Primate Suspect

So, back to my demented quest to see every film depicted in Denis Gifford’s monster bible, A Pictorial History of Horror Movies, and this time it was Roy Del Ruth’s Poe adaptation PHANTOM OF THE RUE MORGUE which passed before my eyeballs, albeit flat rather than in its original 3D. As long as we’re talking about re-releasing Hitchcock’s DIAL M and De Toth’s HOUSE OF WAX in 3D versions, I’d put a vote in for this baby. The 3D gags looked amusing flat, but there were a few things like a shower of gaily-hued Warnercolor balloons that suggested a little more than the usual “poke-em-in-the-eye-with-a-sharp-stick” approach to immersive entertainment.

We begin with some smudgy Parisian rooftops, a perfect match for the gorgeous 2-strip settings of Warners’ 30s horrors DR X and MYSTERY OF THE WAX MUSEUM. Throughout, the colour schemes of this film alternate giddily between such subdued, marshy tones, and eye-popping bubble-gum effects more consistent with a musical.

While the aging Del Ruth has lost his handle on a particular kind of gutsy performance style that saw him through the pre-code era (though we can see that misfire spectacularly on his attempt at THE MALTESE FALCON/DANGEROUS FEMALE), he has a comic book sensibility that’s always fun. The zanier moments of this flick, which defy plausibility quite openly and plummet into an inter-stool area of conflicted response (creepy/perverse/amusing/embarrassing) harken back to the director’s days as a gagman at Keystone, particularly this revealing clue –

For a thoroughly daft film (pair it with RDR’s ALLIGATOR PEOPLE but don’t blame me if you laugh yourself through the floor) this boasts some distinguished writing talent — Harold Medford helped script THE DAMNED DON’T CRY and THE KILLER IS LOOSE, and James R. Webb did even better with CAPE FEAR, CHEYENNE AUTUMN and VERA CRUZ. Neither seems to have had a particular affinity for horror films, but they reconfigure Dupin’s detective feats into a new-ish plot which eschews Universal’s Dr Mirakle bestiality shenanigans but gets into some surprising areas — physiognomy and Lombroso, behaviourism and Pavlov, primate communication and psychopathology. Much of this stuff was fairly new to movies, and certainly pretty exotic: research has clearly been done, even if it’s all filtered through the Hollywood screenwriters’ patented bullshittifier.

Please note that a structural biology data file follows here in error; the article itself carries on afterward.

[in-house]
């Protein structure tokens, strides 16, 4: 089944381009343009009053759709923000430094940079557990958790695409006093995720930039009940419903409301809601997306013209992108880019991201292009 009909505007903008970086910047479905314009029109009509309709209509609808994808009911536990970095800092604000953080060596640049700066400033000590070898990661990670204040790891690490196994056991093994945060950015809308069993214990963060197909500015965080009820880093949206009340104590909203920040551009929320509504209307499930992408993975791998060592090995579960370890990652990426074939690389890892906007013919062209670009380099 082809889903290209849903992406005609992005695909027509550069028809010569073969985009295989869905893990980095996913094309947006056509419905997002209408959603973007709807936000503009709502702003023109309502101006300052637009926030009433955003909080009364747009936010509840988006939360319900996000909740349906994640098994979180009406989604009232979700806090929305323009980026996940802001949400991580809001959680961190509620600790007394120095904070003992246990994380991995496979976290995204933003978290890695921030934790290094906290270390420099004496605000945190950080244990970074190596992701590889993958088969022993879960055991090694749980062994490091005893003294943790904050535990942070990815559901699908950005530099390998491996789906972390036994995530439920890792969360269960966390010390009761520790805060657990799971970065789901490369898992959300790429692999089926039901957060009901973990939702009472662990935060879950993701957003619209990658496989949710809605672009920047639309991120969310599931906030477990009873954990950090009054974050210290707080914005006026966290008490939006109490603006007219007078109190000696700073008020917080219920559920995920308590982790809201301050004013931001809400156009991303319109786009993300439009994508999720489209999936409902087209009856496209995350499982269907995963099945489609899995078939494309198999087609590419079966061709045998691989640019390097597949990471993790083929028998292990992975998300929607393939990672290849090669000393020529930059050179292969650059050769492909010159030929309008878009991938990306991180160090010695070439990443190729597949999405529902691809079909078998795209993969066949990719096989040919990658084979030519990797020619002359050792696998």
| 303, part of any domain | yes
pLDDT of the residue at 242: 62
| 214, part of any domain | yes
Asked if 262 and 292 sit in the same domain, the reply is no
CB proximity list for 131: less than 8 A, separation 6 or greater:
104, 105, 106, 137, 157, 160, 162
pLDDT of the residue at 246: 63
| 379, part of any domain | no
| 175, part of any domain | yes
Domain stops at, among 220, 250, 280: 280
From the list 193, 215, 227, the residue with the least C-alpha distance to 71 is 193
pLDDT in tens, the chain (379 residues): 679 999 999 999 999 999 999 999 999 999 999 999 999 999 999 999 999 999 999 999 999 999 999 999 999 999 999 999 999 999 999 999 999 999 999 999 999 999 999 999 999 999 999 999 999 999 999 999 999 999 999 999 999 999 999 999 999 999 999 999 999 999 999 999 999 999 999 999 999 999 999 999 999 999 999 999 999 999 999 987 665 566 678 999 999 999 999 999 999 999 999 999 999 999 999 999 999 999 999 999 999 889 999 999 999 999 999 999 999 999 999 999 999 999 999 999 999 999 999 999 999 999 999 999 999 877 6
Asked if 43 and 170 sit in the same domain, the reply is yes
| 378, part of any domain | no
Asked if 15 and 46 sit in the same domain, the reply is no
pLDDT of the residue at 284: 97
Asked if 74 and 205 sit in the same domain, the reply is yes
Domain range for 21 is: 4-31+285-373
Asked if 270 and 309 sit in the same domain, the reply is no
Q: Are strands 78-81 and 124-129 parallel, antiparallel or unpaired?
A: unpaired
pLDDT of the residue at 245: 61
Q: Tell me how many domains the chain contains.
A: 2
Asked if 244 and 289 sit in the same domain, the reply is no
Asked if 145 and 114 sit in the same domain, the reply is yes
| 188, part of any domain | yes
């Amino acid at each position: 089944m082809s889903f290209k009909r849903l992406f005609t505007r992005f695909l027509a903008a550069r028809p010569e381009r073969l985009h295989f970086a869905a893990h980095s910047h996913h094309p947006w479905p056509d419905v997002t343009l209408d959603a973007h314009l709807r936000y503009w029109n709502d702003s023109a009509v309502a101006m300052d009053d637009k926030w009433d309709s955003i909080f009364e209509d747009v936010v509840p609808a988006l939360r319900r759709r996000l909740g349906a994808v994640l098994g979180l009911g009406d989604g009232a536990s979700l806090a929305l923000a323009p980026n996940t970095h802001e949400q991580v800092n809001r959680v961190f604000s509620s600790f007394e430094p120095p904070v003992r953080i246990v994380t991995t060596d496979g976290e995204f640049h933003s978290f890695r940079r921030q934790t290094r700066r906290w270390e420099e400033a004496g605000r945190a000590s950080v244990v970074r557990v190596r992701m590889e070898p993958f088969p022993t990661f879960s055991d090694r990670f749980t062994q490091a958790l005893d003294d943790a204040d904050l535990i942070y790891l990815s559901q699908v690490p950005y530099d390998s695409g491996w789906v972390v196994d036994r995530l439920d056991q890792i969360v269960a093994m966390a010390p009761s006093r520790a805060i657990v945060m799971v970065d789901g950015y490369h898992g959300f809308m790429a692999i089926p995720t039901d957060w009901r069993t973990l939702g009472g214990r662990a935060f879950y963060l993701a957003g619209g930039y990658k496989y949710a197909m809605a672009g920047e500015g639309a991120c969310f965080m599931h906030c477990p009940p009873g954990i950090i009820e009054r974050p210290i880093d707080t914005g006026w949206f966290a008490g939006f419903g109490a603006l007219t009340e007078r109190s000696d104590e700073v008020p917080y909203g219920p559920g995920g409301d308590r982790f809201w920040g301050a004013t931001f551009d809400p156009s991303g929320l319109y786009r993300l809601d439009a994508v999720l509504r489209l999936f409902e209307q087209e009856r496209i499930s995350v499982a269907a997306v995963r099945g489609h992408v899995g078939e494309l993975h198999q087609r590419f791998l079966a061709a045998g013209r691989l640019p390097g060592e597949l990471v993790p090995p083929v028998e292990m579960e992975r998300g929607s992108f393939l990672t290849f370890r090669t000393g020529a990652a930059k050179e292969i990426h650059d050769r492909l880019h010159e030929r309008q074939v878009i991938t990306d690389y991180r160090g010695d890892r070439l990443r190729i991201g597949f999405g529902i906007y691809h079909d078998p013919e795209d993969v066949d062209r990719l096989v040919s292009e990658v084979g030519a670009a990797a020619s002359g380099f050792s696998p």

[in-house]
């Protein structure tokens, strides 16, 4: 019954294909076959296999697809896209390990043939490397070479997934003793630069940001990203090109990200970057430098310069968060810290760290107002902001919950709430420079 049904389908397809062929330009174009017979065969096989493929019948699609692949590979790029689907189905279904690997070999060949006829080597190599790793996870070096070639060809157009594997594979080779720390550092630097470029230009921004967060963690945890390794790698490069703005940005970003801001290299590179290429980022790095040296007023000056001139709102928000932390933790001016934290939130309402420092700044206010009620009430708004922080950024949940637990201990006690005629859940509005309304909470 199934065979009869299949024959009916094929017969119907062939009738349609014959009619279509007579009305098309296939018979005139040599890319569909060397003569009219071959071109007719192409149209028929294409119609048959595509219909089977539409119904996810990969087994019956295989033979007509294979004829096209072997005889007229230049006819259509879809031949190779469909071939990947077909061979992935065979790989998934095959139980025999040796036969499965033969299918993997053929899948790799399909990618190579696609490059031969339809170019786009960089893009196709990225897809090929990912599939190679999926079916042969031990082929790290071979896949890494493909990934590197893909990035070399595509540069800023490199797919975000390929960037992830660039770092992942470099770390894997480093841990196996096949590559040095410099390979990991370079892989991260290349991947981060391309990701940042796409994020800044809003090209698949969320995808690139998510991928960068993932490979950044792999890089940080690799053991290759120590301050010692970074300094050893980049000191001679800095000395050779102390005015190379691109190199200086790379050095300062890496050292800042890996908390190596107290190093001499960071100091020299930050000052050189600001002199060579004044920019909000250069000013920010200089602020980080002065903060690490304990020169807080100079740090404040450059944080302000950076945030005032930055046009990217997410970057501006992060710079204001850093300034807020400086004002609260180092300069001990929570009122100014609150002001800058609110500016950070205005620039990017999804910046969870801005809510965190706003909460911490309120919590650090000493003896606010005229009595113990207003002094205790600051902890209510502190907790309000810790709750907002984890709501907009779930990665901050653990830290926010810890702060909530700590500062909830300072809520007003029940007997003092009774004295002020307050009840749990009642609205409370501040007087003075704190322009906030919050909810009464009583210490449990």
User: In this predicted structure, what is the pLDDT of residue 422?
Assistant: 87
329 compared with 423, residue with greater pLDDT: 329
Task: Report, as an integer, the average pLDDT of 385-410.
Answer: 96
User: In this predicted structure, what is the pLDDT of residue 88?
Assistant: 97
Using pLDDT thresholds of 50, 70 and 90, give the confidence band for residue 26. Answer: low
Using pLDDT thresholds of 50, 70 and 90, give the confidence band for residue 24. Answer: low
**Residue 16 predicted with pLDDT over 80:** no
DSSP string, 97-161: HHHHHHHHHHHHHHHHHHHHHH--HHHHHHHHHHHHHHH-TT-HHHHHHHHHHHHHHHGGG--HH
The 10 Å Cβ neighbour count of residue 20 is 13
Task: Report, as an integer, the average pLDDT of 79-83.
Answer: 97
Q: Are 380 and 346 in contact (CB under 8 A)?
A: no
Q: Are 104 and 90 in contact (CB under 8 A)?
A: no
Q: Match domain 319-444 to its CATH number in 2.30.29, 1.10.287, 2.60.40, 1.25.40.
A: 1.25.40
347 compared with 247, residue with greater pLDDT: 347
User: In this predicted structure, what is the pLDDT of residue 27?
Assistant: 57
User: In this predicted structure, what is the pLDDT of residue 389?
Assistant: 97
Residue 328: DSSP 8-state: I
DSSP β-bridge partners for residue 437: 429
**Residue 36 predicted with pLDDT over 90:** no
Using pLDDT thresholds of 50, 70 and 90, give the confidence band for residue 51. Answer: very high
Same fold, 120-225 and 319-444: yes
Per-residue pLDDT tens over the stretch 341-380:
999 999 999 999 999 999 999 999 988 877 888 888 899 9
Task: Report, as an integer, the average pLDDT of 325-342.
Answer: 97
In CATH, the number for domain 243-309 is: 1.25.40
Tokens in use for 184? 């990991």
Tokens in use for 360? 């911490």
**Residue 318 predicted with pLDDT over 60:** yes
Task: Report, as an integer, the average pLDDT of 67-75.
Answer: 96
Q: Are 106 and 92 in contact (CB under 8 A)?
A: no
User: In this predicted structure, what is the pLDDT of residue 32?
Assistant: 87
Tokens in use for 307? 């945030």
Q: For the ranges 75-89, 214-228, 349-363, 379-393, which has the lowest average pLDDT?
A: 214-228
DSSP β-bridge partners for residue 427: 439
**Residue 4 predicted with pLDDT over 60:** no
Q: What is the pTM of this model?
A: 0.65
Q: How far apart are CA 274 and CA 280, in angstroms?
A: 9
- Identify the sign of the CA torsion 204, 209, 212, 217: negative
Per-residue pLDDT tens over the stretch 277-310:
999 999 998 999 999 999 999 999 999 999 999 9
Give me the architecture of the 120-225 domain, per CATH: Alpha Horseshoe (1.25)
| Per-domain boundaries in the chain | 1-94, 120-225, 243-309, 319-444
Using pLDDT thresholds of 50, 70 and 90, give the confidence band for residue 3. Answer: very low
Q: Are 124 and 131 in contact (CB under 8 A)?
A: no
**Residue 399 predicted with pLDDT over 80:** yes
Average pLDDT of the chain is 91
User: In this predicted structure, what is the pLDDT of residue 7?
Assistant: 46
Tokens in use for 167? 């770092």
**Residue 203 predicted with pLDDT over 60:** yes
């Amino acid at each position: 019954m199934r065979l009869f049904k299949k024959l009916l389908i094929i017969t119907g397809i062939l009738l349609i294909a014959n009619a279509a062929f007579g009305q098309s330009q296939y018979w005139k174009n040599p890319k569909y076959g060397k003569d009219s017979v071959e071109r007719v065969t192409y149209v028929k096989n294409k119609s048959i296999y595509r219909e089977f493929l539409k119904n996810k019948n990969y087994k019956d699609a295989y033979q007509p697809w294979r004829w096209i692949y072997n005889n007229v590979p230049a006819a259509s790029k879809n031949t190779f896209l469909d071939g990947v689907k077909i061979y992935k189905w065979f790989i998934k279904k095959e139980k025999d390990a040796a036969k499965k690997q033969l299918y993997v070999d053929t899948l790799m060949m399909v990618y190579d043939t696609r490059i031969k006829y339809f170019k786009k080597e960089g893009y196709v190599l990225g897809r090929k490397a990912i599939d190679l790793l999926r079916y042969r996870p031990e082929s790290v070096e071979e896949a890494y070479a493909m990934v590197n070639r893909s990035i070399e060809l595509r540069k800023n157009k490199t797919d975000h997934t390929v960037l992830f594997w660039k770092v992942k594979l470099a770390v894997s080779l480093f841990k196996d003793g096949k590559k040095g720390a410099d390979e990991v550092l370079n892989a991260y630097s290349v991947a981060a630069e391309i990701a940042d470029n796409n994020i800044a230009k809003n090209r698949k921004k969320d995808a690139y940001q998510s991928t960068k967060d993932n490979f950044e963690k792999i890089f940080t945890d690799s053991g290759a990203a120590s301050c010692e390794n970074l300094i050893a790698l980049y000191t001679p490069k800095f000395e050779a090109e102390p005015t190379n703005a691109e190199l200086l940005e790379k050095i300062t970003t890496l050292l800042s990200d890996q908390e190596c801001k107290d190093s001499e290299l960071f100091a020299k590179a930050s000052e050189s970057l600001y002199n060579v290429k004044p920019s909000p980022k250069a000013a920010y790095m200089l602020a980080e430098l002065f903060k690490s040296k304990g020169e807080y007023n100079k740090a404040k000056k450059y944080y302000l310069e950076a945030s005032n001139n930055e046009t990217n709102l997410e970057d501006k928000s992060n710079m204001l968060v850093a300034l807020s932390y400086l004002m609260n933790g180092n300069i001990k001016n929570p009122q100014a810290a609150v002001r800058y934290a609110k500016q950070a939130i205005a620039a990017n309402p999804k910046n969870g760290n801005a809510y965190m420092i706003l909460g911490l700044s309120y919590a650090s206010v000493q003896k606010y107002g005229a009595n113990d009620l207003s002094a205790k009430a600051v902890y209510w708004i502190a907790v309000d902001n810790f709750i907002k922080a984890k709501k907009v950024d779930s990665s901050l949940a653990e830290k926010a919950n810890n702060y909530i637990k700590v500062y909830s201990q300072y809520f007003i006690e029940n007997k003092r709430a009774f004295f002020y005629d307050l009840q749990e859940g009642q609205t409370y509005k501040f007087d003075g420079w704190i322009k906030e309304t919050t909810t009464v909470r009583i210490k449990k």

At the root of it all, as is obvious from the start, is Karl Malden (a man with a face built for 3D) and his pet gorilla, Sultan, the two best actors in the film. Malden suavely walks a tightrope between fanatical, method-y commitment and unavoidable contempt for the material, and Charles Gemora as Sultan turns in a compelling physical performance (reprising his role from the original Universal MURDERS IN THE RM.

The gorilla suit is obviously just that, even if it’s well made, but this ape does have a few more character nuances than most men in suits. There’s also Claude Dauphin, the only Frenchman with a French accent in the film, who’s pretty enjoyable as the worst detective you’ll ever see, and the lovely Patricia Medina (who just died in May) who doesn’t have enough of a part to properly register, alas. Fat credit, thin character.

In the words of Godard, “It’s not blood, it’s red.” Literally, in this case.

I thought this was going to be terrible but we had a blast with it. “I *loved* that!” declared Fiona.

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14 Responses to “Primate Suspect”

  1. Speaking of French accents: last night I was watching I Was a Male War Bride, and the blitheness with which Cary Grant doesn’t even bother to pretend to be the silghtest bit French while playing a French officer is really entertaining.

  2. “We have him at immigration, the guys says ‘Nationality?’, Cary says ‘French’ and we never bothered about it.” — H Hawks.

    I was surprised to find that this other 3D gorilla movie was even better than Gorilla at Large, which is saying a very great deal (with one’s tongue in one’s cheek).

  3. Who knew that Poe would “inspire” so many great works of primate art? I forgot the faux Dean and Jerry impersonators in the Lugosi movie.

    All of this makes me think of those Simpsons parodies, like “Hail to the Chimp,” “Commander in Chimp,” “Sing, Monkey, Sing” and “Stop the Planet of the Apes, I want to get Off”.

  4. Ironically, if the real Martin & Lewis had made a gorilla picture with Lugosi, that would automatically put it in the top ten percent of their output (along with Artists and Models and Living It Up).

  5. What, David, Hollywood or Bust is considered by many to be a film of cinematic proportions that many have seen on television.

    I wonder if that Gorilla at Large scene would work as a side by side comparison to The Lady from Shanghai.

  6. Oh, I like Hollywood or Bust too. And there are others I haven’t seen that may be good. But none of them have Lugosi.

  7. Christopher Says:

    don’t forget Vultura and Satan the Go-rilla

  8. That extreme long shot sure came in handy! Whenever things get dull in a fight scene, cut to the extreme long shot — it’ll build the excitement! The 1930s equivalent to filming things so close we can’t see what the hell’s going on.

    I also like the gorilla’s “Oh no — what have I done?” reaction when he spears Vultura.

  9. Christopher Says:

    oh no!..that’ll really make her mad!..Surely after 12 chapters,thats not how Vultura meets her fate?!…Like the flash gunshot to the face @ 0.32

  10. “So this is how it ends… jabbed from behind by an unconvincing gorilla…”

  11. Is that a young Anne Bancroft in the Gorilla at Large clip? Her looks were unusual, to say the least – and she definitely grew into them as she hit middle age!

  12. Yes, Anne B gets to be the girl on Goliath’s arm. Caught between a big surly ape and Raymond Burr.

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